Veolia Research & Innovation has successfully developed a circular carbon fiber economy in its Limay research center. A complex but key mission in view of its extensive use in all industries.
Carbon fiber is riding high. Known since 1950, its use has exploded since the 1990s. And for good reason: it is used to create composite materialswhich are simultaneously fine, light, flexible and very resistant. Particularly popular in cutting edge industries such as aeronautics and space, it is also used in the automotive and sports industries. It is estimated that 8.6 million metric tons of carbon fiber are produced every year.
However, composite materials are very difficult, if not impossible, to recycle. The obstacle is above all a technical one – the problem being how to separate the carbon fiber from the polymer resin that surrounds it without damaging and so losing its technical properties. Because in most cases, even if the polymer resin has reached the end of its life, the carbon fiber is still largely usable.
In the absence of a viable circular model, composite materials have until now mostly ended up in landfills. The reserve of this type of waste is huge and likely to grow in the future. Notably with the increase in the number of aircraft needed to meet the hike in air traffic. In the next twenty years or so, end-of-life aircraft will have far more composite material than today’s do. The latest Airbus A350 for example is 53% manufactured using carbon fiber parts. A solution that will give a new lease of life to this waste has to be found – and very soon.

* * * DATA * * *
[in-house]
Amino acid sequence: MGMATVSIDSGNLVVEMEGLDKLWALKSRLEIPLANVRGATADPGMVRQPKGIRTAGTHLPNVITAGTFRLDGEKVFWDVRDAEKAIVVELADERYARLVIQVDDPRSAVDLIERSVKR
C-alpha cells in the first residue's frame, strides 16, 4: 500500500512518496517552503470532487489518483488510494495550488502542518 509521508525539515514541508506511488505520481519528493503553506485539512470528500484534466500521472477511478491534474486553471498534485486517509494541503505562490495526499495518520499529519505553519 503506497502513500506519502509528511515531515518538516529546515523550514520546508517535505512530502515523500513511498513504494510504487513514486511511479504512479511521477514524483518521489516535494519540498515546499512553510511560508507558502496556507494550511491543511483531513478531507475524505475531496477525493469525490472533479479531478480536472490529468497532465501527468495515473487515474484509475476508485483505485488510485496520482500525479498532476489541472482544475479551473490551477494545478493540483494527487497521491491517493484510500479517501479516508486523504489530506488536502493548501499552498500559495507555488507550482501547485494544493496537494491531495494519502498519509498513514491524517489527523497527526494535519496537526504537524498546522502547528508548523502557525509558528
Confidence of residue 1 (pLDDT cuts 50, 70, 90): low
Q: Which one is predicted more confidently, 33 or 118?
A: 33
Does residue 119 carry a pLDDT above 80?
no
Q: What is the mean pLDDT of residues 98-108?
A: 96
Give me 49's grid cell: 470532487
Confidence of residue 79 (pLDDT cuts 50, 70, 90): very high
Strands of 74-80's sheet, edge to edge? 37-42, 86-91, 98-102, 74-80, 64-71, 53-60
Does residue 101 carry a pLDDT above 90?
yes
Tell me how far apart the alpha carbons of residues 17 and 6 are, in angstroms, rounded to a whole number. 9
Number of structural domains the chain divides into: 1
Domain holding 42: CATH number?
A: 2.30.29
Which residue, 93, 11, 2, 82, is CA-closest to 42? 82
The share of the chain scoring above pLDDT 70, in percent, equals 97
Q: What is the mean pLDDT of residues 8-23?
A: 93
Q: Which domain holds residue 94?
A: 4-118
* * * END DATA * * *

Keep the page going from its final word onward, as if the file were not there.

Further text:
Extracting carbon fiber
This is what Veolia Research & Innovation is working on at the Limay Research Center (Yvelines).
The waste is sorted and characterized according to its condition and composition, then processed. As things stand the most mature technique is pyrolysis. It removes the polymer resin to recover the carbon fiber – which is then impregnated with a new polymer and can be (re)used – as new – in any industrial sector.
Less expensive and less polluting to produce than its original version, recycled carbon fiber has a very promising future in terms of meeting the exponential demand from industry. Veolia is currently focusing on the first reuse of carbon fiber, but researchers are already studying the possibility of repeating the operation several times over without it losing its properties.
This method opens up a whole new field of possibilities for recycling end-of-life parts used in the transportation, sports and leisure and energy sectors. But also for recovering production offcuts. Another colossal reserve – as evidenced for example by Airbus, which every year produces 100 metric tons of composite material offcuts in its factory in Saint-Nazaire.